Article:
In a flashback, the Hostess of a public tavern in London narrates the moments leading up to the death of Sir John Falstaff, an important figure in Shakespeare's earlier plays Henry IV Part I and Henry IV Part II. Speaking to the various friends and acquaintances of Falstaff who have gathered in the tavern, she states:
He parted ev’n just between twelve
and one, ev’n at the turning o’ th’ tide; for after I saw him fumble with the sheets and play with flowers and smile upon his finger’s end, I knew there was but one way, for his nose was as sharp as a pen and he talked of green fields. “How now, Sir John?” quoth I. “What, man, be o’ good cheer!” So he cried out “God, God, God!” three or four times. Now I, to comfort him, bid him he should not think of God; I hoped there was no need to trouble himself with any such thoughts yet.
Shortly after Falstaff's passing, the Hostess, who attended to Falstaff as he was dying, describes the scene of his death. First, he began to lose touch with reality, playing with the embroidered flowers on his bedsheets as if they were real. Then, he spoke of “green fields” and started calling out repeatedly to God. At this point, she knew with certainty that death would come for him soon, as “his nose was sharp as a pen,” and so (she assumes) he must have been able to smell the afterlife.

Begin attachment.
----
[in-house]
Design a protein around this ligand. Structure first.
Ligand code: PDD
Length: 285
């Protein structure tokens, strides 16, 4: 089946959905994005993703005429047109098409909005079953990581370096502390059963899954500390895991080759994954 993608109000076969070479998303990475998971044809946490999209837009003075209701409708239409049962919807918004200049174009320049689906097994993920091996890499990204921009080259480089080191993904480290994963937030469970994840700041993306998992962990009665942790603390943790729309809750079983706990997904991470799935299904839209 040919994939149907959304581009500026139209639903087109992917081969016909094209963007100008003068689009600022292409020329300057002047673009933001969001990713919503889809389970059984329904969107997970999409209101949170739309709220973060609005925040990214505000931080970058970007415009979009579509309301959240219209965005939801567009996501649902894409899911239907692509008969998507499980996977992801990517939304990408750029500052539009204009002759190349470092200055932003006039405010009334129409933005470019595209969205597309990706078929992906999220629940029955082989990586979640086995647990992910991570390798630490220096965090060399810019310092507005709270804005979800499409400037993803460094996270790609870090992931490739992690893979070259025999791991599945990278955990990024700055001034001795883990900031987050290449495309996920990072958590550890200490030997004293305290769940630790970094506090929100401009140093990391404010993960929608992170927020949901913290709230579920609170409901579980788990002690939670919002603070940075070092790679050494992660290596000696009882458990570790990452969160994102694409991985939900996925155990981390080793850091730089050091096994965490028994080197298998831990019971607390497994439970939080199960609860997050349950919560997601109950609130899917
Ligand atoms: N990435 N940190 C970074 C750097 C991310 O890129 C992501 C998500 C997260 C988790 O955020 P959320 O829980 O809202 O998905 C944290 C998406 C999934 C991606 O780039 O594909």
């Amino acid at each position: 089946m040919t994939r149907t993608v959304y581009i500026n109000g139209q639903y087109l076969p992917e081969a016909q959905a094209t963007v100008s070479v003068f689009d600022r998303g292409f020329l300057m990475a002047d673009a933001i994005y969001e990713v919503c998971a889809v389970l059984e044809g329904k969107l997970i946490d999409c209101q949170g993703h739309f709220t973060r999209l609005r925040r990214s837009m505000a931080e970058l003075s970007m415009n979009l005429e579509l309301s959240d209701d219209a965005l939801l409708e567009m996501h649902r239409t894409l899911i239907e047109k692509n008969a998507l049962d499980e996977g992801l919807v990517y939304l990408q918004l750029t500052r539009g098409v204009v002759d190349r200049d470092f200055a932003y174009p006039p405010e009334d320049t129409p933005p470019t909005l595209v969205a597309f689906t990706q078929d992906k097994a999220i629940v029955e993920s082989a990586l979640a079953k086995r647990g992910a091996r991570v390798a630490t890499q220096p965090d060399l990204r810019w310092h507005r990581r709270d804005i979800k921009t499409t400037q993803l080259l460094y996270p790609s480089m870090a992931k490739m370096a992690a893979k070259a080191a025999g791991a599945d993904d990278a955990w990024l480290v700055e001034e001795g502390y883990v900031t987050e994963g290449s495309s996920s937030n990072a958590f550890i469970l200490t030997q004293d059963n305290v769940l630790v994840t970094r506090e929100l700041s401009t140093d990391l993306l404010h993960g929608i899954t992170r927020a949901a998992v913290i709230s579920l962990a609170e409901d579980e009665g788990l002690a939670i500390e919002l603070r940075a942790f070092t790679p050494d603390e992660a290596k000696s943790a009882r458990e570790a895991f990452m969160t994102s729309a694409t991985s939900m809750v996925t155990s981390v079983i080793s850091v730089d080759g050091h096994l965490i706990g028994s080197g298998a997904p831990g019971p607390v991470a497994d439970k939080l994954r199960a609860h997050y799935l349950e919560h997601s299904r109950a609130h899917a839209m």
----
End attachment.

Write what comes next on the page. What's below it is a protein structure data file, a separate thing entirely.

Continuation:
It is significant that Shakespeare chooses to depict this important scene as a flashback or memory rather than portraying it directly on the stage. Falstaff was a major character in two earlier plays, serving as a mentor and close confidante to the young Prince Hal (the future King Henry). Indeed, Falstaff has long been regarded as one of Shakespeare’s most popular fictional creations. In depicting Falstaff’s death only as a brief flashback, Shakespeare suggests that the merry old knight has no place in this relatively serious play, reflecting the development of King Henry into a more mature figure whose responsibilities weigh heavily upon him.